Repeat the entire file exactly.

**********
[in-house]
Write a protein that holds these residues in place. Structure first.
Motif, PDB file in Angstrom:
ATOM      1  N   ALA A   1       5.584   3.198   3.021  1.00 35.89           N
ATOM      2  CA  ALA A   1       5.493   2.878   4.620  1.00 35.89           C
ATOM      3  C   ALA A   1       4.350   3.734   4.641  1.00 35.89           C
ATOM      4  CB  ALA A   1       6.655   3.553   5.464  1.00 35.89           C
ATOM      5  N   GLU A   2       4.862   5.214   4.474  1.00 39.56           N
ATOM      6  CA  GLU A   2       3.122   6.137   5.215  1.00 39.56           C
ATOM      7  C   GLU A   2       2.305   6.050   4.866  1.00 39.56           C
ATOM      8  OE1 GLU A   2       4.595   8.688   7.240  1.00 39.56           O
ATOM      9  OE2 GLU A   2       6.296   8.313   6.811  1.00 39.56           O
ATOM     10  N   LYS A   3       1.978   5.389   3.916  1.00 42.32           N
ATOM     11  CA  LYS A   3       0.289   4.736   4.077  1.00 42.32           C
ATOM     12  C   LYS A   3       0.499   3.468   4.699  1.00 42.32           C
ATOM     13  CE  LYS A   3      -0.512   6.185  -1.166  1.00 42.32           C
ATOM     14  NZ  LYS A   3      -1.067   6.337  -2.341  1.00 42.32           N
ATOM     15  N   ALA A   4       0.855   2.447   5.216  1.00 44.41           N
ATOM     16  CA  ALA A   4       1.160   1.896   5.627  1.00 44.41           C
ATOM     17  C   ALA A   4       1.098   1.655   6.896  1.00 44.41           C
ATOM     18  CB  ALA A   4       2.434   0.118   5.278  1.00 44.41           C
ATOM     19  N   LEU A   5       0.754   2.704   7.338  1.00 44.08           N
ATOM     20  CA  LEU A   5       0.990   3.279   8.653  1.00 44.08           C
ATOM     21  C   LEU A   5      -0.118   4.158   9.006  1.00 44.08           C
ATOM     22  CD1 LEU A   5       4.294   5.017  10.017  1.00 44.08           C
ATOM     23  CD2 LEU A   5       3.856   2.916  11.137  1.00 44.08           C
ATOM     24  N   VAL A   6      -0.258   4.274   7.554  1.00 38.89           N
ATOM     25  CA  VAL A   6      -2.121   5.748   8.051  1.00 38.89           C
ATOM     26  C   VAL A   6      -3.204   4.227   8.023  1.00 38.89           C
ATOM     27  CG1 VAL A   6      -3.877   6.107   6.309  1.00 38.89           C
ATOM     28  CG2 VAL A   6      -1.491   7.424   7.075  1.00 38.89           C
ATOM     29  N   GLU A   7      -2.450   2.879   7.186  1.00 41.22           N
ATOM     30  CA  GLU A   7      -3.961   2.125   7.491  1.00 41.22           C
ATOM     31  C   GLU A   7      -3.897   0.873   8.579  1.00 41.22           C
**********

[in-house]
Write a protein that holds these residues in place. Structure first.
Motif, PDB file in Angstrom:
ATOM      1  N   ALA A   1       5.584   3.198   3.021  1.00 35.89           N
ATOM      2  CA  ALA A   1       5.493   2.878   4.620  1.00 35.89           C
ATOM      3  C   ALA A   1       4.350   3.734   4.641  1.00 35.89           C
ATOM      4  CB  ALA A   1       6.655   3.553   5.464  1.00 35.89           C
ATOM      5  N   GLU A   2       4.862   5.214   4.474  1.00 39.56           N
ATOM      6  CA  GLU A   2       3.122   6.137   5.215  1.00 39.56           C
ATOM      7  C   GLU A   2       2.305   6.050   4.866  1.00 39.56           C
ATOM      8  OE1 GLU A   2       4.595   8.688   7.240  1.00 39.56           O
ATOM      9  OE2 GLU A   2       6.296   8.313   6.811  1.00 39.56           O
ATOM     10  N   LYS A   3       1.978   5.389   3.916  1.00 42.32           N
ATOM     11  CA  LYS A   3       0.289   4.736   4.077  1.00 42.32           C
ATOM     12  C   LYS A   3       0.499   3.468   4.699  1.00 42.32           C
ATOM     13  CE  LYS A   3      -0.512   6.185  -1.166  1.00 42.32           C
ATOM     14  NZ  LYS A   3      -1.067   6.337  -2.341  1.00 42.32           N
ATOM     15  N   ALA A   4       0.855   2.447   5.216  1.00 44.41           N
ATOM     16  CA  ALA A   4       1.160   1.896   5.627  1.00 44.41           C
ATOM     17  C   ALA A   4       1.098   1.655   6.896  1.00 44.41           C
ATOM     18  CB  ALA A   4       2.434   0.118   5.278  1.00 44.41           C
ATOM     19  N   LEU A   5       0.754   2.704   7.338  1.00 44.08           N
ATOM     20  CA  LEU A   5       0.990   3.279   8.653  1.00 44.08           C
ATOM     21  C   LEU A   5      -0.118   4.158   9.006  1.00 44.08           C
ATOM     22  CD1 LEU A   5       4.294   5.017  10.017  1.00 44.08           C
ATOM     23  CD2 LEU A   5       3.856   2.916  11.137  1.00 44.08           C
ATOM     24  N   VAL A   6      -0.258   4.274   7.554  1.00 38.89           N
ATOM     25  CA  VAL A   6      -2.121   5.748   8.051  1.00 38.89           C
ATOM     26  C   VAL A   6      -3.204   4.227   8.023  1.00 38.89           C
ATOM     27  CG1 VAL A   6      -3.877   6.107   6.309  1.00 38.89           C
ATOM     28  CG2 VAL A   6      -1.491   7.424   7.075  1.00 38.89           C
ATOM     29  N   GLU A   7      -2.450   2.879   7.186  1.00 41.22           N
ATOM     30  CA  GLU A   7      -3.961   2.125   7.491  1.00 41.22           C
ATOM     31  C   GLU A   7      -3.897   0.873   8.579  1.00 41.22           C